North East Heritage Path

Trail Name: North East Heritage Path
Trail Head: Lake Shore Railway Museum, 31 Wall Street, North East
Trail Hours: Open year round from dawn to dusk
Amenities: No public bathrooms; bathrooms are available for Lake Shore Railway Museum visitors. Check website for hours:  
Parking:  Street parking is available, as well as parking at municipal lot, Lake Shore Railway Museum and Mercyhurst North East.
Is Trail Handicap Accessible: Yes
Trail Length: 1.5 miles
Trail Difficulty: Easy
Contact for Trail: North East Chamber of Commerce, 17 E. Main St. (T: 814.725.4262)

The area in and around North East was used by the Eriez Indians for hunting, transportation and habitation. Because of its proximity to water and game, settlers began moving to the area in 1794. By 1802, the community was incorporated as one of Erie County’s 16 original townships. Respectively known as Lower Greenfield, Burgettstown and Gibsonville, the town was incorporated as North East in 1834.

North East’s location on Lake Erie and 16 Mile Creek made it well suited for manufacturing and industry. At one time, the area boasted such enterprises as a cider mill, paper mill, woolen mill, grist mill, saw mill, tannery and brewery. Nearby Freeport was an active port, a place of employment for ship builders and fishermen. Many of North East’s oldest buildings were destroyed in the fire of 1884; consequently, even though many of the town’s buildings are listed on the National Historic Register, few of the buildings pre-date the 1880’s.

With North East’s unique microclimate, agriculture soon became an important part of the economy - the first commercial vineyard was planted in 1850. The area’s first commercial winery, the South Shore Wine Company, was established in 1864 and operated until the enactment of Prohibition in 1920. It was during Prohibition that North East earned a reputation – and notoriety - among the locals for rum running.

Today, North East’s agricultural heritage continues – the town lies within the largest grape growing region in the eastern United States. It is home to nine wineries, as well as numerous food processors such as Welch’s.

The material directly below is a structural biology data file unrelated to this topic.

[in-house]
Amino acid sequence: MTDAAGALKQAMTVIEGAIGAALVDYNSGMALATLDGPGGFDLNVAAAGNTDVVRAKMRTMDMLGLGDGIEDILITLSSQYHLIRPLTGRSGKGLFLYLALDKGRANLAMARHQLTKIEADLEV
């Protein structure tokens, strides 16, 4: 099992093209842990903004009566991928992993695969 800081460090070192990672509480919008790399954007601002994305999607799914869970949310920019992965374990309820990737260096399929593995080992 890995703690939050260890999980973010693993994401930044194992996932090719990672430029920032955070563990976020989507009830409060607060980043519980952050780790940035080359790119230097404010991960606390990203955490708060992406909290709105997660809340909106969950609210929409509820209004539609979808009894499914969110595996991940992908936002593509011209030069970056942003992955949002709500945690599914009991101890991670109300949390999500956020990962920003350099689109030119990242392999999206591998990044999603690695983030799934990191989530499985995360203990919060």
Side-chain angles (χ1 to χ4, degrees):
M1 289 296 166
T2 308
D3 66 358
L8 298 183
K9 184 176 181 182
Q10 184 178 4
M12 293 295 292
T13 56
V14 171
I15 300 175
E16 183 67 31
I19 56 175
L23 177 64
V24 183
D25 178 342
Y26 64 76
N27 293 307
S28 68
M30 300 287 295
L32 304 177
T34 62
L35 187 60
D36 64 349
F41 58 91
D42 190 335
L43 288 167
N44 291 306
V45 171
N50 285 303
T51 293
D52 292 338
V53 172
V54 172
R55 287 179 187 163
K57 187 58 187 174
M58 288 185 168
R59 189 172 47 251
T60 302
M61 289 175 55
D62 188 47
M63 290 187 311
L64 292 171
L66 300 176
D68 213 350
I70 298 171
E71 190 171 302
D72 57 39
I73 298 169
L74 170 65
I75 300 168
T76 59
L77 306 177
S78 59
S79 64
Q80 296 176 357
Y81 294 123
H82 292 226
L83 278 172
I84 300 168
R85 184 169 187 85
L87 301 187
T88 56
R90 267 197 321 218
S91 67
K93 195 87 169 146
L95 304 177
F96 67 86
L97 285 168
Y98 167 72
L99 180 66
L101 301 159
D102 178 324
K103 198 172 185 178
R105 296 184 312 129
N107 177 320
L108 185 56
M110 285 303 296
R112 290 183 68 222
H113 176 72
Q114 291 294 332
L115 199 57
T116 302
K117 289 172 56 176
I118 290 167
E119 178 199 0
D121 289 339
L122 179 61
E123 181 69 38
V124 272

1. Lake Shore Railway Museum (31 Wall Street): Built during the 1850’s, the station - part of the Lake Shore and Michigan Southern Railway line - served passengers between Buffalo and Chicago. Now serving as a museum owned and operated by the Lake Shore Railway Historical Society, the museum houses artifacts, cars and locomotives from rail companies that served northern Pennsylvania, including a General Electric locomotive that was commissioned by Joseph Stalin.


2. Corner of Mechanics Alley and S. Lake Street: Head north on Robinson Street, take a right onto Eagle Street and then a left onto South Lake Street. Once you get to the corner of Mechanics Alley and South Lake Street, you’ll see several historic buildings. The turreted building in front of you – the only one like it in town – was built over Baker Creek, making it one of the few buildings in town that comes with an internal moat!


Across the street and just north of you, you will see the columned building that used to house the First National Bank. Built in 1893, it is characterized by a Greek Revival façade, a popular style of architecture in the late nineteenth century, particularly for banks and public institutions. Like many of the buildings on this street, this building was part of the town’s rebuilding process after the Great Fire of 1884, which destroyed two dozen businesses and homes as well as a church.


3. Former Town Hall (25 Vine Street): Follow Mechanics Alley to Vine Street. The building on the south corner of the alley is the former Borough Town Hall. Built in 1880, this building has been home to borough offices, a jail and a fire company. Today it houses both the North East Historical Museum and the North East Arts Council.